Ironfinger 2: Golden Eye
Ironfinger 2: Golden Eye
aka １００発１００中 黄金の眼 aka Hyappatsu hyakuchu: Ogon on me aka 100 Shot, 100 Killed: Golden Eye aka Booted Babe, Busted Boss
Written by Jun Fukuda, Ei Ogawa, and Michio Tsuzuki
Directed by Jun Fukuda
Ironfinger 2: Golden Eye returns to the world of Ironfinger. We have international criminals, jet setting fun, and a hero who is invincible kicking butt. As usual, the title changed for overseas export. 100 Shot, 100 Killed: Golden Eye became Ironfinger 2: Golden Eye, though in some locales it was turned into Booted Babe, Busted Boss! Those poor saps… The “Golden Eye” of the title betrays more of the Bond influence, for the few who couldn’t figure it out from the Ironfinger part, or for the Japanese audience. This is the last outing of Andrew Hoshino, so cry your tears now and then read all about it.
The tone is slightly altered in that Andrew Hoshino’s organization is hinted to be more criminal in nature, though Andrew himself is given a few more noble things to do. He’s pulled in under the story of avenging the murder of a Japanese citizen upon request of his young daughter. It turns into a quest to find the missing rare Samanta Gold coin, though that is just part of a bigger economic criminal conspiracy.
Golden Eye features world locations,Besides Japan, the opening of the film is in Beirut! This may seem amazing to modern audiences that anyone would spend time in Beirut, but things weren’t always the way they are now. Another thing Ironfinger 2 has is sheiks in blackface (also seen in Yellow Line). The characters are played by Japanese actors, but are painted up dark brown and treated as if they’re foreign. Both a good police officer and several of the villains feature this treatment. Also both of the Ironfinger films feature big boss villains who are Caucasian, though both are European in origin. I would guess this is to show both that the Japanese hero can defeat anyone in the world, including what would be considered traditional Bond villains, and that Japanese people can’t be the big villain because they aren’t evil, and it’s people outside their culture affecting their life.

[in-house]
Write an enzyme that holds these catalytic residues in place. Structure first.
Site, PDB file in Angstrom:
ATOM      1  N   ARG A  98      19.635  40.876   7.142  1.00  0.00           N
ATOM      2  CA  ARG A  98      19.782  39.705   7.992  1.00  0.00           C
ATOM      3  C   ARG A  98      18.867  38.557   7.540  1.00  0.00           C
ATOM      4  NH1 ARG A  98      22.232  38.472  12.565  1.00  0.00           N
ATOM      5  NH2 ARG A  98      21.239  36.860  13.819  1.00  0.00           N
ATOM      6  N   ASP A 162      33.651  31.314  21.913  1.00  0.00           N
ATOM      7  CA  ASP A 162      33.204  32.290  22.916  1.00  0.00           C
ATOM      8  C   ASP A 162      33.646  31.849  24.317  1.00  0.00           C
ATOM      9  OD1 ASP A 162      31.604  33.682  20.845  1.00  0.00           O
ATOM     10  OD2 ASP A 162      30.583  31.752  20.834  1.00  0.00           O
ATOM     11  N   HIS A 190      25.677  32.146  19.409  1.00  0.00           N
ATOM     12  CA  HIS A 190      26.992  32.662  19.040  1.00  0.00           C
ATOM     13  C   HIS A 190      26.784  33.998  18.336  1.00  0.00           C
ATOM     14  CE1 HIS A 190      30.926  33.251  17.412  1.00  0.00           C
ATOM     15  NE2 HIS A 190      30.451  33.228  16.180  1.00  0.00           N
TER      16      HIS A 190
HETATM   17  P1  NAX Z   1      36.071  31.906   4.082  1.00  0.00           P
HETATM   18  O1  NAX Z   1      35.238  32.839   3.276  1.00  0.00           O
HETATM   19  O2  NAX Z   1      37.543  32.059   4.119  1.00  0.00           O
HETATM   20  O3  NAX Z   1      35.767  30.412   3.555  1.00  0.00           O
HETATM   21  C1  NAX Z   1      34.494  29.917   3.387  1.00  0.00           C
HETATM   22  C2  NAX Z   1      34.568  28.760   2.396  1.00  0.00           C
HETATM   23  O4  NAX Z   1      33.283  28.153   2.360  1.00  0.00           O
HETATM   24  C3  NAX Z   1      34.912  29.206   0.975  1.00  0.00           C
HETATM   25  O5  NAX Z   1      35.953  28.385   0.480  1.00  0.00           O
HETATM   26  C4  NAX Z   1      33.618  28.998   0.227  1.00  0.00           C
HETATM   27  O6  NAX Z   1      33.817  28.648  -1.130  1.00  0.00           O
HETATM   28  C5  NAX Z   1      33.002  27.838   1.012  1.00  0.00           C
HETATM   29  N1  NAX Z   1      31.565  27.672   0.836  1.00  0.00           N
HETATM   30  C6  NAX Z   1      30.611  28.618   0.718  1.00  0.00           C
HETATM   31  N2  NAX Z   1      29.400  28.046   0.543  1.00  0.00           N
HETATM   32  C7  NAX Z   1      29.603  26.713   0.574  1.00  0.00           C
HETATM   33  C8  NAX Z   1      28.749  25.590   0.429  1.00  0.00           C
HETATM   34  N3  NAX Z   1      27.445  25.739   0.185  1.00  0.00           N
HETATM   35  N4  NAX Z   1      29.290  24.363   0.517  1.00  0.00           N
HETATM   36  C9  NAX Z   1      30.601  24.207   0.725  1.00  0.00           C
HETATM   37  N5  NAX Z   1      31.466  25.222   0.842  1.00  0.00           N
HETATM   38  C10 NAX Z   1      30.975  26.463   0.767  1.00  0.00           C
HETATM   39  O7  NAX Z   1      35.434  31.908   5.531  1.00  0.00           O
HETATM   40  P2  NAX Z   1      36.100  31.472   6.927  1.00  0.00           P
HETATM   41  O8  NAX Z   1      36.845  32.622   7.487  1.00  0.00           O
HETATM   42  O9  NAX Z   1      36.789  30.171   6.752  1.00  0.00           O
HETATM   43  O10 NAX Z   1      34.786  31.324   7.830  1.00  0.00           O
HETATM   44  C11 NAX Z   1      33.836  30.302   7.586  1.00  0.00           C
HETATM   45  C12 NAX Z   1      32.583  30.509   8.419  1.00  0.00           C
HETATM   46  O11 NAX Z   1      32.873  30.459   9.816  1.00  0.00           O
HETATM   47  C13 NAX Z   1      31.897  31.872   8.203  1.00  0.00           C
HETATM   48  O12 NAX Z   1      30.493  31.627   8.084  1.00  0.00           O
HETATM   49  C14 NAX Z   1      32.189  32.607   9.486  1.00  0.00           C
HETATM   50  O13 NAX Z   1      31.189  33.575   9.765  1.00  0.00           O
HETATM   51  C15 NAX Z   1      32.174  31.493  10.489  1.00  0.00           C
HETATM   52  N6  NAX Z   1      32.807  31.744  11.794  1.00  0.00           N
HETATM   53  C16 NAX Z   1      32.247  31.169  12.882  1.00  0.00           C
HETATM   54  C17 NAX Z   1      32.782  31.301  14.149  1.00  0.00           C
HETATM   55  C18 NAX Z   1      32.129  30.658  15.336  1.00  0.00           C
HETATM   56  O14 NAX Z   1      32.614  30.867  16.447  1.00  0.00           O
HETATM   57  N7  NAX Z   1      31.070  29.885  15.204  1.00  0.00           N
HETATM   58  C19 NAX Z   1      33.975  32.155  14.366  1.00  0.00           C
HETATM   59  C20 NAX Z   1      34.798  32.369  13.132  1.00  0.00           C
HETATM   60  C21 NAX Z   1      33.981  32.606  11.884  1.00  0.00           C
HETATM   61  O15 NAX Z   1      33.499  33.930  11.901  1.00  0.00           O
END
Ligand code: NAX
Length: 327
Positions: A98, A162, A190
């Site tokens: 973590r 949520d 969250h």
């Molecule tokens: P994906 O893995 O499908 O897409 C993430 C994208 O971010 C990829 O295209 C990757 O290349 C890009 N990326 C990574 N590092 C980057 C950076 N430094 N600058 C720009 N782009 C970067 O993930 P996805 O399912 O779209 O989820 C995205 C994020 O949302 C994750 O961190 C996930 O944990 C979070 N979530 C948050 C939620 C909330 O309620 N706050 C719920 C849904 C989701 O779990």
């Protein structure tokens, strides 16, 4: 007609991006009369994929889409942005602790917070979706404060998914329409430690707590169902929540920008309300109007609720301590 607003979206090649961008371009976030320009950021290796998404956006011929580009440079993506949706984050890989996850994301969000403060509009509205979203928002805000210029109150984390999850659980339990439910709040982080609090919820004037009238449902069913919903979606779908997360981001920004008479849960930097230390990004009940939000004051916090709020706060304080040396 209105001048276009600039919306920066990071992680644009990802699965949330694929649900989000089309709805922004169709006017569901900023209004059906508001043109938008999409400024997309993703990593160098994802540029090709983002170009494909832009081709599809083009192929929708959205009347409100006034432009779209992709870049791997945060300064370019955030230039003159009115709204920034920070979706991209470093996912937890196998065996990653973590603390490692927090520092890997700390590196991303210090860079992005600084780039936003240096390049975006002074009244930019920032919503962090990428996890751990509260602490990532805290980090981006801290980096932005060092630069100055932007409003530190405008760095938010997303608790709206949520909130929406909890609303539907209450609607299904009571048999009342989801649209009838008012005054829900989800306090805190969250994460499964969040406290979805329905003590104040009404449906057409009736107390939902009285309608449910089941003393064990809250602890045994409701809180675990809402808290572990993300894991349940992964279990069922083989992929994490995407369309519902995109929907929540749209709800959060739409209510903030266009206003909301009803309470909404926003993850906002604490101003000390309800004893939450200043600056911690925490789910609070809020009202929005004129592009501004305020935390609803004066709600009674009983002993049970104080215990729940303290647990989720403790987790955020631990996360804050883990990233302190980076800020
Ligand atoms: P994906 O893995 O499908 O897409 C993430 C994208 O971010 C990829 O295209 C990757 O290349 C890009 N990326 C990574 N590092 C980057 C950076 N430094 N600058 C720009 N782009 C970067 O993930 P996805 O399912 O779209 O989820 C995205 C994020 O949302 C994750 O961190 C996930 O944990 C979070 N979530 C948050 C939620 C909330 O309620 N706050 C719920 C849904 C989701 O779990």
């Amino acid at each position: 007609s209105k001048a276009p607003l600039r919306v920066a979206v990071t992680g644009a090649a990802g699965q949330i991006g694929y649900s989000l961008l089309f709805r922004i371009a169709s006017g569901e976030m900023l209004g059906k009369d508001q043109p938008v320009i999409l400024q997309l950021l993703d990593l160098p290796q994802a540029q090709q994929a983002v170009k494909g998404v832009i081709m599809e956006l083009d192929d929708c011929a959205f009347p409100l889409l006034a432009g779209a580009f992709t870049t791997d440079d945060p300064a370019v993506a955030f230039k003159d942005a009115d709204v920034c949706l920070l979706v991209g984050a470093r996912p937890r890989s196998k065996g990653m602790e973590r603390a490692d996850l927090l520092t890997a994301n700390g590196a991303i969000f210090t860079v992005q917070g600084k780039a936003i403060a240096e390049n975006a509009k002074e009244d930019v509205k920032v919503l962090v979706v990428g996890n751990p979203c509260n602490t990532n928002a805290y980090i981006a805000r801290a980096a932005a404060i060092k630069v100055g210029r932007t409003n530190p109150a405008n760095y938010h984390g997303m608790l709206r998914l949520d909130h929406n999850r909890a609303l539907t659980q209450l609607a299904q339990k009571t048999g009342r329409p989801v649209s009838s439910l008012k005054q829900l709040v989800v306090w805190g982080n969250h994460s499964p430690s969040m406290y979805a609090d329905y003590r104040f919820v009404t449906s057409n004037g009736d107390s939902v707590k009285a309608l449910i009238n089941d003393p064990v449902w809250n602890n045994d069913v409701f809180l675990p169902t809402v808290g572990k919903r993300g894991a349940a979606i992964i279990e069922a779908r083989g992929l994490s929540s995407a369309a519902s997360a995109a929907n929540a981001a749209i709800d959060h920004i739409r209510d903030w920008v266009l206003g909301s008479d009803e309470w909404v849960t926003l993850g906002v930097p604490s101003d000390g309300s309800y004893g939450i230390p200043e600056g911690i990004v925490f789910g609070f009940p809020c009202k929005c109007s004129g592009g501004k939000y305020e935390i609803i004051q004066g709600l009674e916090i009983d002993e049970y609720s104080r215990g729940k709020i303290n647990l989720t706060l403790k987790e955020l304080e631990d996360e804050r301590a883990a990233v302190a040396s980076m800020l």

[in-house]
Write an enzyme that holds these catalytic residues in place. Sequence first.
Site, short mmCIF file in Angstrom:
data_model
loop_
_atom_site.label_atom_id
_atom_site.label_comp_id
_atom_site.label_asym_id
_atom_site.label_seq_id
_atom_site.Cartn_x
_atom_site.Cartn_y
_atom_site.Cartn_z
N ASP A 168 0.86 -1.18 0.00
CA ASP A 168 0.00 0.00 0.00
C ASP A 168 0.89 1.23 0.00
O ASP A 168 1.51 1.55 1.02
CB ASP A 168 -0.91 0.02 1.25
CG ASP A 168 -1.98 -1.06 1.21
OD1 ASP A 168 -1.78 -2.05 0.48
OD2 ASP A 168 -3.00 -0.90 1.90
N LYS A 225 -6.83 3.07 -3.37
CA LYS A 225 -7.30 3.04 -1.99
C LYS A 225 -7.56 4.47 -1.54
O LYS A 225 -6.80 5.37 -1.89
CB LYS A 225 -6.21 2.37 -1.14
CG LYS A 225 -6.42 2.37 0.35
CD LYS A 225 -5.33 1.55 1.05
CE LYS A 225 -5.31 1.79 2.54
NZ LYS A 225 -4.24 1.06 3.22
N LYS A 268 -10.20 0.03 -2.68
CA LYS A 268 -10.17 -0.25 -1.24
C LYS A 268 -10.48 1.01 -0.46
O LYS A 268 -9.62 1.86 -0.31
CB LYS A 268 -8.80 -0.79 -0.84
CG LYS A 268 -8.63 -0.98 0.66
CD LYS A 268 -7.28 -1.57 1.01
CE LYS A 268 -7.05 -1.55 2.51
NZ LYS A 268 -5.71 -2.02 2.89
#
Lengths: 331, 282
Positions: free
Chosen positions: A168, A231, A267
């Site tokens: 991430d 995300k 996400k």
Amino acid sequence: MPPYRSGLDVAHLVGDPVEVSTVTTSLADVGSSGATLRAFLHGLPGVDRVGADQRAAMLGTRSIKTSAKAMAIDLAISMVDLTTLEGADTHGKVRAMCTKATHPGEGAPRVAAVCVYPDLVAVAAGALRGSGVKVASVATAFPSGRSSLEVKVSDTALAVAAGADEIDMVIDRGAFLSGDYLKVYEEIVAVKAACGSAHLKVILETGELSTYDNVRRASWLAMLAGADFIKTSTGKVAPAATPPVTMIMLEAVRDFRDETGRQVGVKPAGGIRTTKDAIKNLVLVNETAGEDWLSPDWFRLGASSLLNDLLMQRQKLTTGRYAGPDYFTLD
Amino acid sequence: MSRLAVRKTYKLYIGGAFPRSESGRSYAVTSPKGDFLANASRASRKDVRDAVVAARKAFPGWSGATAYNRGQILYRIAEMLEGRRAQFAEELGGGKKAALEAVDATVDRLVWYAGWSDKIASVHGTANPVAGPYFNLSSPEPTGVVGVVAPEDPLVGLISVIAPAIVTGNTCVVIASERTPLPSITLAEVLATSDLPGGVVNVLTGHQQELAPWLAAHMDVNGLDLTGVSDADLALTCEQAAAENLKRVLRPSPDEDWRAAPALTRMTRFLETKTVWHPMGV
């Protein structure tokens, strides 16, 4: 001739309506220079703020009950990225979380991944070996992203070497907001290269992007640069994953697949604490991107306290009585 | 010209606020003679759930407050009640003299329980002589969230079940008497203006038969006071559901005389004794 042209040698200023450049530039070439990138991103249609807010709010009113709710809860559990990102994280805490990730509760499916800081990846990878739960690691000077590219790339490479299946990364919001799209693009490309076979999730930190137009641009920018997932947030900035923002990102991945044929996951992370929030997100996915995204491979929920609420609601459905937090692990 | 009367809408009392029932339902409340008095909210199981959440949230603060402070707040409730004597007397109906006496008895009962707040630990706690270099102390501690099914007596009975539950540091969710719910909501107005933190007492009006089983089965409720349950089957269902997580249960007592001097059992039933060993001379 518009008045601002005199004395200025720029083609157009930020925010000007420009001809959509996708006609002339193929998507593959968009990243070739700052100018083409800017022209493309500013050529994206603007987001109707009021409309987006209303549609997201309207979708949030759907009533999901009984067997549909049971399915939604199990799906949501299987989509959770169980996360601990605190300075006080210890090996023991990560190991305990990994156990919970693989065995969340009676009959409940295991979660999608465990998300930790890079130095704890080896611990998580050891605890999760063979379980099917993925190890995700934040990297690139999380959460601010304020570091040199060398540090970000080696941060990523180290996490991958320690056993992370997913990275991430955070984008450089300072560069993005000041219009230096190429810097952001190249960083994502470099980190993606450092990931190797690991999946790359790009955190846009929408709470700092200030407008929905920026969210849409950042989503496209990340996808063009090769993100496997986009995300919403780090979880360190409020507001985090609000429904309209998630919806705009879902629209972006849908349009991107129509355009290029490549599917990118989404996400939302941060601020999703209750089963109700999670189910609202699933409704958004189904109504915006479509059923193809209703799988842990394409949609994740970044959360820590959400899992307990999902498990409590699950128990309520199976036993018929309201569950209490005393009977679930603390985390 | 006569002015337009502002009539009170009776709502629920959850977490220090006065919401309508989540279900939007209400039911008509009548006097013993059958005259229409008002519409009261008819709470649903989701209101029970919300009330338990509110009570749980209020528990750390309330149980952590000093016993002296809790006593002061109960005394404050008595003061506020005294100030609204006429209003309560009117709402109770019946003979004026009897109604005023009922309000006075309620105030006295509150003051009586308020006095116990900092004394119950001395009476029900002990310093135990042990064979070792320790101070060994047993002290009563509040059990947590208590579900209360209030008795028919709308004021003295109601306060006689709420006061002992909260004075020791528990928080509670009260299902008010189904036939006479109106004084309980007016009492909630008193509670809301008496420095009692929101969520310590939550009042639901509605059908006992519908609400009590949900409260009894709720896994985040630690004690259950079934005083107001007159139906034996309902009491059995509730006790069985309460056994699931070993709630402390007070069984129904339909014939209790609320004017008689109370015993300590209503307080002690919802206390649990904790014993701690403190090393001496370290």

A highlight of these Ironfinger films is the killer 1960s clothing. Every outfit Bibari Maeda wears is spectacular. The cool clothes help make the fun lifestyle easier to accept, as they’re dressed just like cool people, so they would naturally do cool things.
Andrew Hoshino has a pair of women to deal with, though his darker affiliation is reveal again as bad girl Ruby is who he is paired with the most, Mistuko Saito functions as a catalyst to get the plot to the various locations, but she’s far too busy being a star to drop everything to run around with a playboy spy. Freelance bad girl Ruby easily slips into this role, her various connections with Andrew happening frequently
The far more complicated plot deals with economic problems of late 1960s Japan, hidden treasure, and even a hint of environmentalism thrown in. The whole thing hinges on a missing rare gold coin, but the real crime is wholesale precious metals smuggling used to hold hostage parts of Japan’s economy. It seems like it should be a modern film, the economic battle having played out in a modified form in real life. Golden Eye thankfully just uses that as backdrop and keeps the focus on the missing rare coin, giving audiences who don’t understand complex economic issues something to follow, while those who are aware have an insight into why the villains have so many high powered goons.
The women are different characters than in the original. Mitsuko is given a bomb to give to Andrew, but is not an explosives expert (or even a criminal!), unlike Mie Hama’s Yumi Sawada from the original. Ruby is a closer analogue, a hip contract player, though she’s more of a knife expert and information broker and plays multiple angles. She’s also willing to betray left and right to get to the big score. However, the awesome power of Andrew Hoshino is enough to turn her loyal. Because he’s just that cool. That’s the bigger problem with the characters, Ruby buys into Andrew’s awesomeness, though at least spends a good deal of the film doing her own tightrope walking, it just keeps running into Andrew.